Ken Kelly

After graduating, Ken worked as a teacher and lecturer in Mathematics in the UK and Malaysia. Whilst working in Kuala Lumpur he was appointed as a National Athletics Coach for the MAAU Centres of Excellence Programme. Widely travelled across five continents, he found time and travelled extensively throughout SE Asia and India. He came back to the UK overland through Hong Kong, China and Russia on the trans-Siberian Express – and arrived in Berlin the day the wall came down (not his fault!). 

Returning to the UK, Ken swapped teaching for High Performance Sport working for a number of the UK’s leading sports bodies including UK Athletics and the ECB. On the GB staff at four Paralympic Games and head athletics coach in Sydney and Athens, in 1992 he was awarded an Olympic Coach Scholarship.

For 15 years, as a counter-point to his professional work, Ken has studied the US and Soviet space programmes extensively from Mercury to the Space Shuttle, Vostok to Soyuz. Having visited Mission Control Centre in Houston and corresponded with astronauts from that period, he is now working on a book to coincide with the 50th anniversary of the first landing. 

Favouring a multi-media style, Ken is an experienced, innovative and engaging presenter having spoken extensively at UK conferences and overseas. 

Ken is now an advisor/consultant to a number of national organisations. He keeps a rowing machine in the garage – but is mindful to avoid overtraining!

An experienced High Performance Manager &

Experienced, innovative and engaging presenter

Cruise talks

South East Asia – History, Cultures & Customs

Based largely on personal experiences, this sample of six inter-changeable presentations form part of a series

that takes you on a trip through some of the world’s most striking destinations and cover the full spectrum of experiences that will excite the senses:

1 SINGAPORE, Raffles Hotel and the Tiger Economy 
2 MALAYSIA, stunning wildlife to afternoon tea 
3 THAILAND, from floating markets to beautiful islands. 
4 CAMBODIA, the magnificence and the tragedy
5 VIETNAM, the phoenix risen from the ashes 
6 HONG KONG, from the ‘chaos’ of downtown to the stunning views from Victoria Peak

The Olympics Games (1896 – 2016) – A Modern Day Anachronism?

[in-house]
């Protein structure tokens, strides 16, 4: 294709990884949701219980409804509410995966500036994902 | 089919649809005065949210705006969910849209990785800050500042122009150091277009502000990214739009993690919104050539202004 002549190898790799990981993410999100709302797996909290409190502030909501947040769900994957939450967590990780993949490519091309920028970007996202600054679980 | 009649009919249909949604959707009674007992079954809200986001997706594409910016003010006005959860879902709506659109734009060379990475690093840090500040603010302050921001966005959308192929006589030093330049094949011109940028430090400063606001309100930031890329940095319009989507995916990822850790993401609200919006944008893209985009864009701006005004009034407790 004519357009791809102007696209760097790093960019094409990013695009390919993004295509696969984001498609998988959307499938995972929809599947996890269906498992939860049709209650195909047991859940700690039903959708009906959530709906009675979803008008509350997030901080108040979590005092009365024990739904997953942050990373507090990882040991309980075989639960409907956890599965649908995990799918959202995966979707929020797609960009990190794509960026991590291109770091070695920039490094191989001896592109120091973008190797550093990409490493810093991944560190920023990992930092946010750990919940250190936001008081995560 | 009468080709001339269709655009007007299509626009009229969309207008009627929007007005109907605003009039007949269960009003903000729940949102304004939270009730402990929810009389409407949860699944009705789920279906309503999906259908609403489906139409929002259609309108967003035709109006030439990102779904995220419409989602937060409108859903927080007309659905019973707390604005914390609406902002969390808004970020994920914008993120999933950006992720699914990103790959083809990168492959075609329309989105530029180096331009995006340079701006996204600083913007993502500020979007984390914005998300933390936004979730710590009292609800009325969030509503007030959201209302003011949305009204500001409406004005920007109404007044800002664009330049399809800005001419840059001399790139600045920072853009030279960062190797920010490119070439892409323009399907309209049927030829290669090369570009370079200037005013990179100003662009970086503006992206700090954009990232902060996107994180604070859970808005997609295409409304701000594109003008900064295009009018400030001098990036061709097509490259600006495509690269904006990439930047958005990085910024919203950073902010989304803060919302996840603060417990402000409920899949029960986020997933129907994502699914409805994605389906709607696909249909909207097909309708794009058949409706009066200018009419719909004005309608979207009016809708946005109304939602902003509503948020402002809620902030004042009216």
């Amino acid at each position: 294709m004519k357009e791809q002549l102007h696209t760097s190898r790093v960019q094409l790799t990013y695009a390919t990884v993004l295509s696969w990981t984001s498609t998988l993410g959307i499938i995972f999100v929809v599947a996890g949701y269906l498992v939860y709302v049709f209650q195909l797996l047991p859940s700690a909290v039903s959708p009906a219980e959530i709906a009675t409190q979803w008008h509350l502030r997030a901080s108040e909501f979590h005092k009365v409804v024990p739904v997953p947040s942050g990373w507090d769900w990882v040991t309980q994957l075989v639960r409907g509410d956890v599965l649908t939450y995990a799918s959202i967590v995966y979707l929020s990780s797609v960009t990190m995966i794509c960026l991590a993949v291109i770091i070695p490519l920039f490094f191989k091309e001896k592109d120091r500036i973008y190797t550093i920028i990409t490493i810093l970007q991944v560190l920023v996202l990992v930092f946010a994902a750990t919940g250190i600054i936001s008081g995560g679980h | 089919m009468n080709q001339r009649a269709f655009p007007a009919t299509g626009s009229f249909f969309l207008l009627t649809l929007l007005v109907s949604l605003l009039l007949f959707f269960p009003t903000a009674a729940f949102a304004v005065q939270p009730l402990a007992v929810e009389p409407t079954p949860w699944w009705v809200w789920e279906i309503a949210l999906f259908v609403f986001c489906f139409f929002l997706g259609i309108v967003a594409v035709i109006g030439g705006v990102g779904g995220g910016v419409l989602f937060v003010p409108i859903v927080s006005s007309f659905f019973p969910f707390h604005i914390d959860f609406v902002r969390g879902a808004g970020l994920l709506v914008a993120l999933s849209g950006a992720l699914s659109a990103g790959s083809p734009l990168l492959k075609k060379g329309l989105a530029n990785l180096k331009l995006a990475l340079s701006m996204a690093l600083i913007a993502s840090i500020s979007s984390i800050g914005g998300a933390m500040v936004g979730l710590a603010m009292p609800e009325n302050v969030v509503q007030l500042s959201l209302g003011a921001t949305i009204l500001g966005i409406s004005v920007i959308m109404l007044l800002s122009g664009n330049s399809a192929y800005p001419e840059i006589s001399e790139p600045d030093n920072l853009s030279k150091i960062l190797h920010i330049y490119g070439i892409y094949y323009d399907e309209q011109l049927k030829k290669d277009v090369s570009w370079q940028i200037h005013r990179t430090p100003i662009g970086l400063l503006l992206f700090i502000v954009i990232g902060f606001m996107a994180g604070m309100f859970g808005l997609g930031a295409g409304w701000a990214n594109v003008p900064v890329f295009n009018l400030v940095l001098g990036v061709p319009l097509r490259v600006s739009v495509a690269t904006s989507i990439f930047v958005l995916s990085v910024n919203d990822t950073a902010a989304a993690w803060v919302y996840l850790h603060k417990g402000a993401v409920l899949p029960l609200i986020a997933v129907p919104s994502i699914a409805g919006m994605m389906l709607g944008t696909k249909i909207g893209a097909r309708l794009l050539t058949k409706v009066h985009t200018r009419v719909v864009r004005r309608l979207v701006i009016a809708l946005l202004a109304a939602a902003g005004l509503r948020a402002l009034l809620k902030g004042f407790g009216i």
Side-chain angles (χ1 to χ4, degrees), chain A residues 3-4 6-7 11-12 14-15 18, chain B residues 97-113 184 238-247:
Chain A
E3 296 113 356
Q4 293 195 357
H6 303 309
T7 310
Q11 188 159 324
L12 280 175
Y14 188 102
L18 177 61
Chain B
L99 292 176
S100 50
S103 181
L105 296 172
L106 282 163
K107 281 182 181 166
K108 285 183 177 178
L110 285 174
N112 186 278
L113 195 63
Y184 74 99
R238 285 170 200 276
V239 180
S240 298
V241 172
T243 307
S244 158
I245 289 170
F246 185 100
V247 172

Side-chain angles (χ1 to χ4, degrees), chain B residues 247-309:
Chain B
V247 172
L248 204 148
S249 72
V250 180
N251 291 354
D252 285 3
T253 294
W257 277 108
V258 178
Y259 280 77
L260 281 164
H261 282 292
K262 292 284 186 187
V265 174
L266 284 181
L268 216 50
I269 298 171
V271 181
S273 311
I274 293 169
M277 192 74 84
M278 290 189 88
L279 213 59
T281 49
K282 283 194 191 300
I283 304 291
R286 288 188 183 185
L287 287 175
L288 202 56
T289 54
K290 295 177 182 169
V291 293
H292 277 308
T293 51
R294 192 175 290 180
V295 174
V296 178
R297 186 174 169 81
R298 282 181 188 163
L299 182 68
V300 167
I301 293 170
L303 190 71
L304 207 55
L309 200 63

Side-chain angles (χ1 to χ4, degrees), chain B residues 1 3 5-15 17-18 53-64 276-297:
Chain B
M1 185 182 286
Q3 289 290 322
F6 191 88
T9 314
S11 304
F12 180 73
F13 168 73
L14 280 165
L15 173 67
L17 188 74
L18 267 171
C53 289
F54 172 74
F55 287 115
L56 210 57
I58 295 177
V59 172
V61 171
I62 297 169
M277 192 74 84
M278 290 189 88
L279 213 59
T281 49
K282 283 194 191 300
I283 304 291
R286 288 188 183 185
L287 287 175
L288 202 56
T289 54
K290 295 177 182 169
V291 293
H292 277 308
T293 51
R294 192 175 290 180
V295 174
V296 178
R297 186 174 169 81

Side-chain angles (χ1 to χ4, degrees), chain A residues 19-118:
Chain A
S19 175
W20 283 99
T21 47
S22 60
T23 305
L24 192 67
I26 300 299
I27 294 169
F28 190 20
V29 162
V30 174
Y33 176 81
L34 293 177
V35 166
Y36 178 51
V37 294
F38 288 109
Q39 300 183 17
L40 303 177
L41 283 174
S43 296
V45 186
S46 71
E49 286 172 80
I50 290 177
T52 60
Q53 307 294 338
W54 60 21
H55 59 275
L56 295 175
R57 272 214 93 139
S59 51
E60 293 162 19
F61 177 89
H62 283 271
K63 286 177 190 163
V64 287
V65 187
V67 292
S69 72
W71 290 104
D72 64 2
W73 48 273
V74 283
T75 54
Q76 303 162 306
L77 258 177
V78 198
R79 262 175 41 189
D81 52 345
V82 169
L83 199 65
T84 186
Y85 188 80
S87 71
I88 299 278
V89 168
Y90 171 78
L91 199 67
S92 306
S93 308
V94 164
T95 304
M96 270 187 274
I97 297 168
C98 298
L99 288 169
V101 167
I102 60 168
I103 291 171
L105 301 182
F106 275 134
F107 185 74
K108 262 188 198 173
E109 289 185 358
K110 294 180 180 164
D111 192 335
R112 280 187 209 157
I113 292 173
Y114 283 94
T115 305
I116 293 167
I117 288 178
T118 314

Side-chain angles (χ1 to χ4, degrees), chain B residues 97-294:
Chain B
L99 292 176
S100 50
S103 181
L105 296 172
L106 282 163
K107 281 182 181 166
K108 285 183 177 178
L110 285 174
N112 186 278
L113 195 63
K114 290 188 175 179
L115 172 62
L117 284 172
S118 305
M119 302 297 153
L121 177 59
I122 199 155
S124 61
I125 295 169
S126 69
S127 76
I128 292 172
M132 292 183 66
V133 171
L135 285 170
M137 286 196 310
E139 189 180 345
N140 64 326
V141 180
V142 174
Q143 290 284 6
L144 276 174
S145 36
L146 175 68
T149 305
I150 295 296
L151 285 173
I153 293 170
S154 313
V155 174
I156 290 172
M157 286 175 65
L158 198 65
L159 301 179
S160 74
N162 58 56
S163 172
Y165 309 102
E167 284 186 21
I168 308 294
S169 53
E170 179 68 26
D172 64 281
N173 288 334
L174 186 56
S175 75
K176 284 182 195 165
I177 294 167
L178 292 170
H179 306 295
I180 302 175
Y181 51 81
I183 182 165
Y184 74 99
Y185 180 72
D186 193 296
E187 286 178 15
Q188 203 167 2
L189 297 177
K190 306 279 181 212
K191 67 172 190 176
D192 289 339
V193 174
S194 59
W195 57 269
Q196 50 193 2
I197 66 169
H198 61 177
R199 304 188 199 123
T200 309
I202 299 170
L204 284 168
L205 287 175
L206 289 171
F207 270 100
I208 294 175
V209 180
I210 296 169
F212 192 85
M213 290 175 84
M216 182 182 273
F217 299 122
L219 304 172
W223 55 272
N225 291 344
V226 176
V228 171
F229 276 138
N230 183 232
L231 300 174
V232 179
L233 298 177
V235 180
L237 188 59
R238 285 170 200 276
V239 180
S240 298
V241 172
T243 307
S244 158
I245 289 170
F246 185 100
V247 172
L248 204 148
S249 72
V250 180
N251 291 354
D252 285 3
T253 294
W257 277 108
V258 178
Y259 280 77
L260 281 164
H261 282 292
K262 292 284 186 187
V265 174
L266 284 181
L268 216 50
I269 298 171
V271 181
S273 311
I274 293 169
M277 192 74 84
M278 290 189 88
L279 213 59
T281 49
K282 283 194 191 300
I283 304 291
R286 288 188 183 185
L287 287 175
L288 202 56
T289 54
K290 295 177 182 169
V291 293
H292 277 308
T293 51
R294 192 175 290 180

1. (1896 – 1936) Key events in the development of the Olympic Games
2. (1948 – 1972) The emergence of the Eastern Bloc as a sporting powerhouse
3. (1972 – 2016) International Olympic Committee - money and politics

Reborn in 1896, this series of three lectures examine how the Olympic Games movement grew in the early part of the 20th century and explores in detail if the Olympic motto: Citius, Altius, Fortius (Faster, Higher, Stronger)

and the Olympic ideal of fair play are still relevant today.

US Manned Space Programme (1958 – 1972) – Mercury to Apollo

Never before considered against the backdrop of the Vietnam War, these talks chart the remarkable and unsurpassed achievement of the US manned space programme. With the 50th anniversary, in 2019 of the first landing on the moon, they combine the well-known scientific accomplishments of the programme with the lesser-known human back stories, which together made the space programme the success it became. 

1. Mercury (1958 – 1963) Living and working in space
2. Gemini (1961 – 1966) Getting ready for the moon
3. Apollo (1961 – 1972) One small step … One giant leap 

US Space Shuttle Programme (1971 – 2011) – From Triumph to Disaster 

1. (1971 – 1986) Taking the Bus to work
2. (1986 – 2003) Getting back up again
3. (2003 – 2011) The curtain finally comes down

These three lectures trace the development, to date, of the only reusable spacecraft! It also explores how, after the Challenger disaster of 1986, the programme got back on its feet again – only to suffer a second and equally spectacular set back. Finally, the lectures conclude by examining what finally led to the Space Shuttle Programme being cancelled in 2011.

Soviet Manned Space Programme (1961 - 2017) - Where Did it All Go Wrong? 

With so many stellar ‘firsts’ in the early years of the space race, how is it that the Soviet Union eventually lost out on the ultimate prize. Was the Soviet Union even serious about landing on the moon to show everyone that the 20th century belonged to Communism? These talks trace the development of the space programme from Sputnik right through to the present day and explore the reasons for the change in emphasis over the years.

1 (1961 – 1978) It All Started so Well! 
2 (1978 – 1988) Strengthening Communist Ties Around the World
3 (1990 – 2017) The Iron Curtain, Capitalism and Hard Currency